I am currently writing a novel. I am currently avoiding finishing this novel, as much as I can stand, because of a major decision I have to make.
As often ends up being the case, there is a character that I have fallen in love with. This has nothing to do with me killing off someone everyone loves: the premise of the book is that he is already dead, before the audience even gets a chance to know him (sorry). He is that character you want to know more about, and gradually learn more about as the present story moves forward.
I love this character and everything he stands for. He appears in flashbacks and is the driving force behind both MCs’ narratives (his name is in the title). Yet I have the choice to reveal something about his past that will change the way he is perceived (by readers, by the characters, I’m not really sure). I could just as well never reveal it, or leave it as subtly implied as I have up until this point, and let readers (if there ever are any) interpret it how they will.
But that would be so easy. It would be the safe thing to do. But would it be the right thing?
Some days, I swing one way. Some days, I swing the other. I’ll tell them; wait, no, I can’t. But as time has gone on, I’ve realized that one of very few things keeping me from going with the less desirable option is that I am afraid how future readers (if applicable) will react to it.
There are other factors that will go into making the final decision. But this one bothers me the most.
As writers, we cannot please everyone.
Try as we might, it just isn’t possible. There are always going to be people who write to you and tell you how they think your story should have been written (sigh). If that’s what makes them feel better, let them do what they will do. But there are also going to be people who, at least overall, like what you have written. Some of them might even understand that the way you wrote the story was meant to be, and that a strong emotional response to a story does not always have to be a bad thing (SIGH). Honestly? We all care about what people think. But even though a published story is no longer “ours,” that doesn’t mean we lose the right to be proud of what we have written.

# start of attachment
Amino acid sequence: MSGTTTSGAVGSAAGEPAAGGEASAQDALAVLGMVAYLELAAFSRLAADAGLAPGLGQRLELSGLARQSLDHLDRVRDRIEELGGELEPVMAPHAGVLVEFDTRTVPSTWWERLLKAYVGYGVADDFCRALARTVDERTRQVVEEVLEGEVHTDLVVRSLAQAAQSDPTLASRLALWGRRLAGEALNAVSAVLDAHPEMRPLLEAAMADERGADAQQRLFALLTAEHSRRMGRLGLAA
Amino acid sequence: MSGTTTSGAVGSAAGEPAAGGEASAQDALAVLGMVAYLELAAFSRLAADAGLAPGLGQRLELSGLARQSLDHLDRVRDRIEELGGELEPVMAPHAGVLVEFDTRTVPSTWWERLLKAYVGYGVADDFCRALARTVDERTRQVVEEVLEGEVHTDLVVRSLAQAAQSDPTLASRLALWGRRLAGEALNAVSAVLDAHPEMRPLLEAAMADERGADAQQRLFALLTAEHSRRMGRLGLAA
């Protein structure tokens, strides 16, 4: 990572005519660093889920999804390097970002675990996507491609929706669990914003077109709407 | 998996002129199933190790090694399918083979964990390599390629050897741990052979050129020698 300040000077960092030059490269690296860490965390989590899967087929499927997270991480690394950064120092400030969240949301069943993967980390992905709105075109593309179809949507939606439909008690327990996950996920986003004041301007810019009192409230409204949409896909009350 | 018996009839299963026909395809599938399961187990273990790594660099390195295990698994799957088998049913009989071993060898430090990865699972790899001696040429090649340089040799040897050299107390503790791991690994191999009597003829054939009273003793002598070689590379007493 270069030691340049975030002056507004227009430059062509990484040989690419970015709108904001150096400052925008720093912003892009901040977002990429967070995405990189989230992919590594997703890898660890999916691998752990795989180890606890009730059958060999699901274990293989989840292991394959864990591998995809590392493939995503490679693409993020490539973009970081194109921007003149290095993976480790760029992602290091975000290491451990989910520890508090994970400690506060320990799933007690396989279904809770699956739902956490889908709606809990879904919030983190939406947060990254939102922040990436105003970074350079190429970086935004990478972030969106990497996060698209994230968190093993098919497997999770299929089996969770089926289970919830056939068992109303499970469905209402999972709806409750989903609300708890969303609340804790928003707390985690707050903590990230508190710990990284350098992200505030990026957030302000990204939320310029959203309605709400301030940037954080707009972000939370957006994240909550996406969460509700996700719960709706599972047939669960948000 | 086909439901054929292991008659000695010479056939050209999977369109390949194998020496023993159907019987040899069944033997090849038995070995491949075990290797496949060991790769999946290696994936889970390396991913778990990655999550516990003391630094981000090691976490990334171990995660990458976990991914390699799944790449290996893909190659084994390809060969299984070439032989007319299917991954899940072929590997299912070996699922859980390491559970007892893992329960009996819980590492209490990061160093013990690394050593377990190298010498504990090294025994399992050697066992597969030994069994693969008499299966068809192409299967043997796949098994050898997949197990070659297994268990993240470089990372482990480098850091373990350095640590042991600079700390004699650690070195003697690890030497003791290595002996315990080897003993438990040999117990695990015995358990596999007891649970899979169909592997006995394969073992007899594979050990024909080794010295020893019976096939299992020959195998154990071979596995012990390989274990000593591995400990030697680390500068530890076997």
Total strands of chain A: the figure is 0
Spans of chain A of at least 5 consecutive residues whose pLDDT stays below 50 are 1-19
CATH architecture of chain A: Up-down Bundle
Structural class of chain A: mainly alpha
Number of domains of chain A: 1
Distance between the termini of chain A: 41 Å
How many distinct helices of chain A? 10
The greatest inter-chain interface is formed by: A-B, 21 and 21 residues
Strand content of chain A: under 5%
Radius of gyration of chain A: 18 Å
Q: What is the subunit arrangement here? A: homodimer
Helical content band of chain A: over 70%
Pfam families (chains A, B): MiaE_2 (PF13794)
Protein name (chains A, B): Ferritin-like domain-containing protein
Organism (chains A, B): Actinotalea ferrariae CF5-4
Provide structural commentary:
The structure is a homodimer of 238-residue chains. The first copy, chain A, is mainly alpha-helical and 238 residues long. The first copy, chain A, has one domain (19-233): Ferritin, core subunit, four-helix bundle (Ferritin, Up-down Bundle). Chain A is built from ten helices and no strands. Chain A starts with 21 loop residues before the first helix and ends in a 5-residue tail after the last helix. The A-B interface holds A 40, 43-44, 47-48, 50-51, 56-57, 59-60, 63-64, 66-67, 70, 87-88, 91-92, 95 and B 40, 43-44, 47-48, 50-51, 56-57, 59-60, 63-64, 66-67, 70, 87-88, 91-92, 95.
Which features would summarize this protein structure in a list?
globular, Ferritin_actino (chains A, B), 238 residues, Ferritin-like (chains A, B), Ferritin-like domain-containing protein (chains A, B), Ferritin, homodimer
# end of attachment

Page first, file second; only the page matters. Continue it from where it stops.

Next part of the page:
But sometimes, the easy way is also the right way.
We should never make a major decision about a character or facts in a story based on comfort level. We can still be uncomfortable with a decision and know, deep down, that it’s the right thing to do. It’s important to always keep our story in mind above all else – meaning that regardless of what other people might think, if we are confident that a certain event or ending to our story is how it is supposed to be, we have to let it unfold that way. We can’t change it just to please someone else. People will always find things to criticize. But if you know it’s the right thing to do, you have to let it be. Be factual, be considerate, be honest, but tell the story the way you know it should be told.
We have to pay attention to our story. Our audience’s opinion … doesn’t matter.
That is not me saying the people who might one day read something you write don’t matter. The exact opposite is true. Your audience members are going to be some of the most important assets to the success of your published works. However, even though there will be people who hate on your decisions and people who support them, those who understand why you did what you did will always support you. Those who just don’t get it might be angry, but that doesn’t necessarily mean they won’t pick up the next book you write. Some won’t. But many might.
I won’t tell you what or when I decide how my story is going to play out. My hope is that within the next few years you will get to read it and see for yourself (no guarantees, but I can dream). You will come to crossroads like this all the time when writing. The more you write, the more confident you are in the risks you take. I would love if, when I published something, no one would hate it. But that’s not reality. I’m sorry that person didn’t understand or didn’t resonate with something or didn’t agree. But that doesn’t make the work I have done any less valuable.
Never let another person devalue your craft. Opinions can hurt. But they are just opinions, after all.
Meg is the creator of Novelty Revisions, dedicated to helping writers put their ideas into words. She is a freelance writer and an eight-time NaNoWriMo winner with work published in Teen Ink, Success Story, Lifehack and USA TODAY College. Follow Meg on Twitter.
Image courtesy of The Huffington Post.
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